Do landlords have to provide refrigerator and washer/dryer?

One of the biggest questions that most renters and landlords have is if it’s the landlord’s responsibility to provide a fridge, washer, and dryer in the rental property.

Although some rental properties may have these common appliances, the reality is that it’s not the landlord’s responsibility to provide them.

Implied Warranty of Habitability

The main reason why landlords are not required by law to provide a washer, dryer, or refrigerator at a rental property is because of the of the implied warranty of habitability.

An implied warranty of habitability is a warranty implied by law in all residential leases that the premises are fit and habitable for human habitation and that the premises will remain fit and habitable throughout the duration of the lease.

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The rental unit must be up to code, meet safety standards, have working electricity, a functioning heater and properly working plumbing. As long as the Implied Warranty of Habitability is met, most owners will consider their job to be done when it comes to providing a habitable rental property.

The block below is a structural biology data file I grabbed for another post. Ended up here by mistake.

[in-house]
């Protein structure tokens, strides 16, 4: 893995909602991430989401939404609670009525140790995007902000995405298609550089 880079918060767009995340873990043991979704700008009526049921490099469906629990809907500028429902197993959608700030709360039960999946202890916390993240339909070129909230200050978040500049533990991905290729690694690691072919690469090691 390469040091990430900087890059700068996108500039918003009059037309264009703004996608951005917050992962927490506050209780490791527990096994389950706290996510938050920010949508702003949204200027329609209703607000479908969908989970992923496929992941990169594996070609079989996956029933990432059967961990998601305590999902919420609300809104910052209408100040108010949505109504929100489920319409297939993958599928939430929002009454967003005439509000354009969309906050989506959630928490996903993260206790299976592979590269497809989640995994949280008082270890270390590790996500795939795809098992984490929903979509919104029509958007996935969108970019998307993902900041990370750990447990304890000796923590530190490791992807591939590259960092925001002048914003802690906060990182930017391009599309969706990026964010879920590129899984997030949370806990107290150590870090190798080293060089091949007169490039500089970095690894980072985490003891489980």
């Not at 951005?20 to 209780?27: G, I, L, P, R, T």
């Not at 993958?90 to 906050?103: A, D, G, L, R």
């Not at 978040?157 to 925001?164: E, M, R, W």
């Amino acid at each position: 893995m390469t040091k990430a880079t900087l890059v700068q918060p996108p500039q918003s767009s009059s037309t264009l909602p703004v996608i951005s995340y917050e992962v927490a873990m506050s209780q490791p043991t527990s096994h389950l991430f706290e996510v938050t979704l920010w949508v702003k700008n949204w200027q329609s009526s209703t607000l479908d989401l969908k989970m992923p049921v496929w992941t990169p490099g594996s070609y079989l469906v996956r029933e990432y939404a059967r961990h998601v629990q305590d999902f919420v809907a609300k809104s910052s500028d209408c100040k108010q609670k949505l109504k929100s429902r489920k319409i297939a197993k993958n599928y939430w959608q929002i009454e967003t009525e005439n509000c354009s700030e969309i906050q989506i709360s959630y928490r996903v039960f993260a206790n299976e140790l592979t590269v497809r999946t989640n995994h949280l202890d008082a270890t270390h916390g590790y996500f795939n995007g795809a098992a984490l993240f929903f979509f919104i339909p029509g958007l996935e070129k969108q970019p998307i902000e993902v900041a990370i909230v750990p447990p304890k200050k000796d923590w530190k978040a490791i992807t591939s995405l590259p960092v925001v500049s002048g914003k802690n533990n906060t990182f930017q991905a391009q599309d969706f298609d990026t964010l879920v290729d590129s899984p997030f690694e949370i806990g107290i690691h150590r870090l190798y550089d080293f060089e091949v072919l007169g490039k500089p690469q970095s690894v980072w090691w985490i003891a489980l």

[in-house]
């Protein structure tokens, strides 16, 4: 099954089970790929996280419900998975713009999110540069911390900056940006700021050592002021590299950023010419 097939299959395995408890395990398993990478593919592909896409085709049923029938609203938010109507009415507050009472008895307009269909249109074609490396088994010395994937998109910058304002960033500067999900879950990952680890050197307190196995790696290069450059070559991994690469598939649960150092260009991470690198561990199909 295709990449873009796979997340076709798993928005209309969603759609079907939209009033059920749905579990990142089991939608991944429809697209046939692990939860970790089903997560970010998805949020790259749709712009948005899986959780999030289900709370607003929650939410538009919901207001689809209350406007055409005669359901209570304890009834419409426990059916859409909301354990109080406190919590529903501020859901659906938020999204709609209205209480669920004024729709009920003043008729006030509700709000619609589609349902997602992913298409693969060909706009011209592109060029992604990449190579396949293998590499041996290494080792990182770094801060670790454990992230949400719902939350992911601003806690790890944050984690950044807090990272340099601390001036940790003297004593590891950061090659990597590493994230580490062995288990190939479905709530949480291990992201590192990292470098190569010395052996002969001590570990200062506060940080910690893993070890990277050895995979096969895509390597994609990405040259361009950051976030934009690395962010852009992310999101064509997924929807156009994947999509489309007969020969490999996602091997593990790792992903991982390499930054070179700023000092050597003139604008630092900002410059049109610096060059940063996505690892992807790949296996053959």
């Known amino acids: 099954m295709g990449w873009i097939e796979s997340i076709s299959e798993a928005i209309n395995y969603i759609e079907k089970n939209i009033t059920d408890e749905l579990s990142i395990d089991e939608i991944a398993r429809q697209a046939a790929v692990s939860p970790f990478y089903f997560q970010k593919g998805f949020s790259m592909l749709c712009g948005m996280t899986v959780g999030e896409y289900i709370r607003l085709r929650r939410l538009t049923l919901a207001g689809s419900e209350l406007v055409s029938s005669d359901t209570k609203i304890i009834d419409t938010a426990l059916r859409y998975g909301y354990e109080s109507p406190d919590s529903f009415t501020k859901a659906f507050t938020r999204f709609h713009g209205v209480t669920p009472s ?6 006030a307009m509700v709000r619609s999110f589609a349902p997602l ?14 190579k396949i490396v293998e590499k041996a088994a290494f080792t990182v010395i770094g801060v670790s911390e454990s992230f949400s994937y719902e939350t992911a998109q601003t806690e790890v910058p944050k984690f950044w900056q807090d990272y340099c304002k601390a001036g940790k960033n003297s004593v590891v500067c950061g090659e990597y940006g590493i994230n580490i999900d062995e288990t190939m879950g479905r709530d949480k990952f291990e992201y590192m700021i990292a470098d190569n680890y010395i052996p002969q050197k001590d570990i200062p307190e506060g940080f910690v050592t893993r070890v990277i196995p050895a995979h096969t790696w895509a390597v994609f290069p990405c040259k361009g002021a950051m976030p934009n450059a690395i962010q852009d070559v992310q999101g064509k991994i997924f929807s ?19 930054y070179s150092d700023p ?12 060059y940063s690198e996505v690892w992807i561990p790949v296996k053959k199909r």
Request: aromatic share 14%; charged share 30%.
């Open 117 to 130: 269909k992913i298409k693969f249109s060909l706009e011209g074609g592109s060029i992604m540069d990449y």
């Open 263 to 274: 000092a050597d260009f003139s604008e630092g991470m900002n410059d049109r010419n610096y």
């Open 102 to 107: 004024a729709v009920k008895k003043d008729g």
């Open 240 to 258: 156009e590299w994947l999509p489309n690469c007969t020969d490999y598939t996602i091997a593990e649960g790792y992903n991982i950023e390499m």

Most Landlords Will Supply Stoves, But Not Other Appliances

In this day and age, it’s common to find a rental property with a stove that’s been supplied by the owner. When it comes to other appliances though, like a washer, dryer, or refrigerator it’s not uncommon to find that the rental property doesn’t have those appliances.

Some landlords may choose to equip their rental properties with appliances like washers and dryers, especially if they are trying to rent their properties during a competitive market. The reality is that it’s extremely unlikely that a landlord will invest in additional appliances unless they were already in the rental property when they purchased it.

Landlords Must Guide Tenants Back to The Law

If a landlord faces feedback from a tenant who believes that they should provide appliances like washers, dryers, refrigerators, and stoves, that landlord should guide their tenant back to the law, and the implied warranty of habitability, then show the tenant that those standards have been met.

Landlords who wish to provide tenants with common appliances in their rental property should make sure that those appliances are properly documented before the renter take possession of the property, and the appliances should be listed in the lease agreement, just so the tenant knows they cannot take the appliances with them when they move out.

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